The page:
If Johnny doesn't take to
the violin, don't fret. A new study challenges the widely held belief that
music lessons can help boost children's intelligence.
"More than 80% of
American adults think that music improves children's grades or
intelligence," study author Samuel Mehr, a graduate student in the School
of Education at Harvard University, said in a university news release.
"Even in the
scientific community, there's a general belief that music is important for
these extrinsic reasons – but there is very little evidence supporting the
idea that music classes enhance children's [mental] development," he
In this study, Mehr and his
colleagues randomly assigned 4-year-old children to receive instruction in
either music or visual arts.
"We wanted to test the
effects of the type of music education that actually happens in the real world,
and we wanted to study the effect in young children, so we implemented a
parent-child music enrichment programme with preschoolers," Mehr explained.
"The goal is to encourage musical play between parents and children in a
classroom environment, which gives parents a strong repertoire of musical
activities they can continue to use at home with their kids."
Both groups of children
later underwent vocabulary, math and spatial skills tests. There was no
evidence that the 15 children in the music group had any intellectual advantage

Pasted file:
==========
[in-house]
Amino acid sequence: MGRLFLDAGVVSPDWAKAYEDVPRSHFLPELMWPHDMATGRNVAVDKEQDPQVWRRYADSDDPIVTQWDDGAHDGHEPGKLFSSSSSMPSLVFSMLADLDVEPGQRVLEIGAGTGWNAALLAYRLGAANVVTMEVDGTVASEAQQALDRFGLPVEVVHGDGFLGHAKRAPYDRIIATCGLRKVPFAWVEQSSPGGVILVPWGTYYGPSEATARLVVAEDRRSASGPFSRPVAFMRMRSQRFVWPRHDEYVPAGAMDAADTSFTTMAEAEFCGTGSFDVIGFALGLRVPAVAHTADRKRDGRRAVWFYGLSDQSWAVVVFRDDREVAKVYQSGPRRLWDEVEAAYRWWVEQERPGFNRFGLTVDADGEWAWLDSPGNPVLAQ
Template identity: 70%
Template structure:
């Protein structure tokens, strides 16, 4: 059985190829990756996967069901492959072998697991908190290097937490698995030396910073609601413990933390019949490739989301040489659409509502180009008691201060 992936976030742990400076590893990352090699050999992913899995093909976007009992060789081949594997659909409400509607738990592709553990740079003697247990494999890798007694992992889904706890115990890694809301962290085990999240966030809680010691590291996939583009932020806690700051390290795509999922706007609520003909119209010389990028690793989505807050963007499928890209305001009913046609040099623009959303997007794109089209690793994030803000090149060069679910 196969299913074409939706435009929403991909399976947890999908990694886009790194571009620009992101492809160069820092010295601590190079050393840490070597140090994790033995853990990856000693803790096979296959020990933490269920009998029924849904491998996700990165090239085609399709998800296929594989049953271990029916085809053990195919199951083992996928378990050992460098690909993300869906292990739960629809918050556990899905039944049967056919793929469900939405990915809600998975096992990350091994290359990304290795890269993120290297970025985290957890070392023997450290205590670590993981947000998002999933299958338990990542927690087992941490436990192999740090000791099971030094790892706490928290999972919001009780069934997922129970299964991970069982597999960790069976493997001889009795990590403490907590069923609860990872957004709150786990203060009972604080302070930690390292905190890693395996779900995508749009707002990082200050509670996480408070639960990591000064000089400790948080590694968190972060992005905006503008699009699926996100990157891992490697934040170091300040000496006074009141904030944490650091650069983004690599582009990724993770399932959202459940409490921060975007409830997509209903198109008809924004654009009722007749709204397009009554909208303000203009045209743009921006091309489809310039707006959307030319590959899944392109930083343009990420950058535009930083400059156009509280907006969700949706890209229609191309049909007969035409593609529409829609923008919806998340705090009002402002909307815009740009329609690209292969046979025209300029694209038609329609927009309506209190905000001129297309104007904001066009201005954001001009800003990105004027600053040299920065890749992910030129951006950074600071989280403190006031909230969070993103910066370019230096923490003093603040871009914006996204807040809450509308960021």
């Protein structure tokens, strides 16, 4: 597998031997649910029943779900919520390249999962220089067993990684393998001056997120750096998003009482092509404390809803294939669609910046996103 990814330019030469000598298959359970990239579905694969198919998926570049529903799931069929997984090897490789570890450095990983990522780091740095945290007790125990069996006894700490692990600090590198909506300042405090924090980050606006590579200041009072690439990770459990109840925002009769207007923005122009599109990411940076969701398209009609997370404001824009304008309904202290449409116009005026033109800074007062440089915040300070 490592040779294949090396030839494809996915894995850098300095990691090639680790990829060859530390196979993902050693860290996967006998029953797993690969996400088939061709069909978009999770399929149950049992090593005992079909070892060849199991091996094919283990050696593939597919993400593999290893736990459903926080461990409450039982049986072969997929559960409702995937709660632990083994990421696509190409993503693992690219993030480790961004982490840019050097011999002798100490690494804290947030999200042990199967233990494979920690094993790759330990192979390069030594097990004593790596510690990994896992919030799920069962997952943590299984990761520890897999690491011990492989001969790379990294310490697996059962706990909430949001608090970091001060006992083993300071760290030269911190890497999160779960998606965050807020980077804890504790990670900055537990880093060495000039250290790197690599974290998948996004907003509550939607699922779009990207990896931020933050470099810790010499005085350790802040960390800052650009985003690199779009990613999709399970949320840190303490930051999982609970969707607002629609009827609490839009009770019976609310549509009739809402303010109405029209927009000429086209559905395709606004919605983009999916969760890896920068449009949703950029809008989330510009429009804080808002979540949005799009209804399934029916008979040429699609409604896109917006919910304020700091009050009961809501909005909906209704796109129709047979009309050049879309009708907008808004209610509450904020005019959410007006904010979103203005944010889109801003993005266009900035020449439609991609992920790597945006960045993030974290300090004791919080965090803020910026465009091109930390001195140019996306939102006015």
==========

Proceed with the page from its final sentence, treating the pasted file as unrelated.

over the 14 in the visual arts group.
The researchers then
conducted a second experiment that included 45 children, with half receiving
music training and half receiving no training. Again, the researchers found
that music lessons did not provide any brain benefit, according to the study
published in the journal PLoS One.
Unique human activity
While the findings suggest
that music lessons won't improve a child's school grades, music education is
still important, according to Mehr.
"There's a compelling
case to be made for teaching music that has nothing to do with extrinsic
benefits. We don't teach kids Shakespeare because we think it will help them do
better on the SATs, we do it because we believe Shakespeare is important,"
"Music is an ancient,
uniquely human activity – the oldest flutes that have been dug up are 40,000
years old, and human song long preceded that," Mehr noted. "Every
single culture in the world has music, including music for children. Music says
something about what it means to be human, and it would be crazy not to teach
this to our children."